Tuesday, May 02, 2006

Jeff Hamilton

Former Los Angeles Dodgers' General Manager Fred Claire was much maligned for his player personnel moves.

And with good reason.

Claire was responsible for signing outfielder Darryl Strawberry, a monumental free agent bust, to a multi-year, multi-million dollar contract back in 1991.

He is also the genius who traded 22-year old right-hander Pedro Martinez, a future three-time Cy Young Award winner, to the Montreal Expos for Delino DeShields, an injury-prone second baseman, prior to the 1994 season.

However, Claire's worst move as the Dodger GM is probably one that he chose not to make.

During the winter of 1989, the Pittsburgh Pirates were shopping a talented, but under-achieving 24-year old outfielder by the name of Barry Bonds.

Yep, Bonds was on the market!

In return, the Pirates reportedly were seeking Dodger third baseman Jeffrey Robert Hamilton and a pitcher, either Tim Belcher or John Wetteland.

But, Claire was not willing to pull the trigger on this deal.

Unbelievable!

Now, don't get me wrong, Belcher and Wetteland turned out to have solid pitching careers. But, they were clearly expendable. They would be peddled to the Cincinnati Reds a couple of years later.

Hamilton?

He didn't have a particularly noteworthy career.

A native of Flint, Michigan, Hamilton was born on March 19, 1964. He was originally chosen by Los Angeles in the 29th round of the 1982 amateur draft. He played in the big leagues for a total of six seasons, all with the Dodgers. His best year was 1989, when he batted .245 with 12 home runs and 56 RBI.

In fact, Hamilton will likely be remembered for what he did on the mound rather than for what he did manning the hot corner or at the plate.

On June 3, 1989, Hamilton pitched in a 22-inning game against the Houston Astros, and took the loss. He thus became the first position player to get a decision in a major league game since Rocky Colavito on August 25, 1968.

Yet, Claire somehow concluded that Pittsburgh was asking for too much.

Boy, was he wrong!

And, incredibily, Claire is never criticized for failing to make this trade.

5 Comments:

At 3:18 PM, Blogger bigcpa said...

Never heard the Bonds rumor... what's the source for that? I imagine it wasn't in Fred Claire's book.

 
At 11:22 PM, Anonymous Anonymous said...

I'll always remember Jeff Hamilton striking out Ken Caminiti in that 22 inning game...

 
At 11:30 PM, Blogger izman1999 said...

Below is the full text of the Los Angeles Times article from 12/22/1989:

General Manager Larry Doughty has denied the Pittsburgh Pirates are about to deal left fielder Barry Bonds to the Dodgers for third baseman Jeff Hamilton and pitcher John Wetteland.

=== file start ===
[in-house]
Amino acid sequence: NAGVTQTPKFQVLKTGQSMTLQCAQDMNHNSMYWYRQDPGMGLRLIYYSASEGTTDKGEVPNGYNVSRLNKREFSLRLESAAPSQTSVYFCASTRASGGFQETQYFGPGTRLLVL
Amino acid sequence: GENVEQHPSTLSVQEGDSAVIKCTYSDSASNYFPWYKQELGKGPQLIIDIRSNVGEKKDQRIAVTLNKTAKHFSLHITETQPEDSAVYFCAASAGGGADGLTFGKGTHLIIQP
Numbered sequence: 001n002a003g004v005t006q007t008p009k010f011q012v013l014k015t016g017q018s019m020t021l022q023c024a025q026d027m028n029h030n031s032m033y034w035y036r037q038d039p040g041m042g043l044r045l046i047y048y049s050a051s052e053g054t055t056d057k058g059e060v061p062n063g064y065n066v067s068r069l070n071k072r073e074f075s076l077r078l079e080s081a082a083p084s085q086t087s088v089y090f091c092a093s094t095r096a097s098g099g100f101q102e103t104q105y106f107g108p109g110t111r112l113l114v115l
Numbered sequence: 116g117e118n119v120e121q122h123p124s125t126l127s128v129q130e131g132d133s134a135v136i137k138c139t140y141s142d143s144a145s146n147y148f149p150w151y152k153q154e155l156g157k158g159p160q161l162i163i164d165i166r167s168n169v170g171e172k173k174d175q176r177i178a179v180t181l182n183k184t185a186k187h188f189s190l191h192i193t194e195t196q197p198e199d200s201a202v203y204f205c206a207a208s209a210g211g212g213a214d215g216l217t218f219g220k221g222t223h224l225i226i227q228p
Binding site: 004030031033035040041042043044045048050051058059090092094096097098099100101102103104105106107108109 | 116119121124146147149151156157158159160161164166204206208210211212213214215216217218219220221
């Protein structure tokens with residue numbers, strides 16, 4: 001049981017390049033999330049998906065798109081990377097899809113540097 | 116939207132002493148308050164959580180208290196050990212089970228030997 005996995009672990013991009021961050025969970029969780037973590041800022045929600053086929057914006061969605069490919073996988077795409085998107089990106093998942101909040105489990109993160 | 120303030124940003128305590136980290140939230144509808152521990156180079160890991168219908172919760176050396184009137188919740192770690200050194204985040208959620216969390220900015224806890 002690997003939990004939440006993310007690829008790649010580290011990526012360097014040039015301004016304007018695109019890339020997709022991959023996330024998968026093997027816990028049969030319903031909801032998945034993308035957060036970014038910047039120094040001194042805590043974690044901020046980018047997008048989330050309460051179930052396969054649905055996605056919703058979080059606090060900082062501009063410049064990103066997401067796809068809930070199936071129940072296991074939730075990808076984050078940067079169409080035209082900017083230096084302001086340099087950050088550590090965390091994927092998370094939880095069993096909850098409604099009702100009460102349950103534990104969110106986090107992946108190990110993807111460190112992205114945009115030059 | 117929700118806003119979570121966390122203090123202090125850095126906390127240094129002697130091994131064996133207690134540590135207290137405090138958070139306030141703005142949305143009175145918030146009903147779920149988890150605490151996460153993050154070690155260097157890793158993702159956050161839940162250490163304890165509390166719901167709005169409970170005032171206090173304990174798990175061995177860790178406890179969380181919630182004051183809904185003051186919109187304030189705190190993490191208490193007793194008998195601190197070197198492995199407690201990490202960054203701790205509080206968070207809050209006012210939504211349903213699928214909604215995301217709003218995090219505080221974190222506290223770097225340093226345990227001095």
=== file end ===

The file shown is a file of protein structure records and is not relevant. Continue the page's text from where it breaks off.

Doughty talked to Dodgers General Manager Fred Claire on Wednesday, but no deal was worked out.

"Fred Claire and I resolved that we didn't have a deal but that we would leave the lines open into spring training," Doughty said.

Wetteland, 23, was 5-8 with a 3.77 earned run average as a rookie last season.

"I really got the feeling that Fred Claire was not going to move one of his established pitchers," Doughty said.

If the Dodgers acquire Bonds, they would probably play him in center field, where he began his major league career. He moved to left field in 1987, when the Pirates acquired center fielder Andy Van Slyke from St. Louis.

The Pirates are interested in Hamilton so they can move third baseman Bobby Bonilla to right field.

The Dodgers' need for another outfielder lessened Thursday when they signed free-agent Hubie Brooks to a three-year, $6-million contract.

Claire said Brooks would play right field and that 1988 National League Most Valuable Player Kirk Gibson and Kal Daniels would play left field.

Gibson missed most of last season with a torn left hamstring that required surgery.

There was another article that stated Belcher would be part of this deal, but I could not locate it tonight. Perhaps it was a Daily News article...

 
At 11:36 PM, Blogger izman1999 said...

I remember falling asleep watching the Astros-Dodger game around the eighth inning. When I woke up hours later, they were still playing!

I thought I was still dreaming when I saw Hamilton on the mound and Fernando in the outfield.

 
At 6:05 PM, Anonymous Anonymous said...

Jeff Hamilton had wicked movement on that fastball. In fact, a couple of years later when he realized he probably wasn't going to cut it as an everyday hitter, he contemplated making a move to the mound.

 

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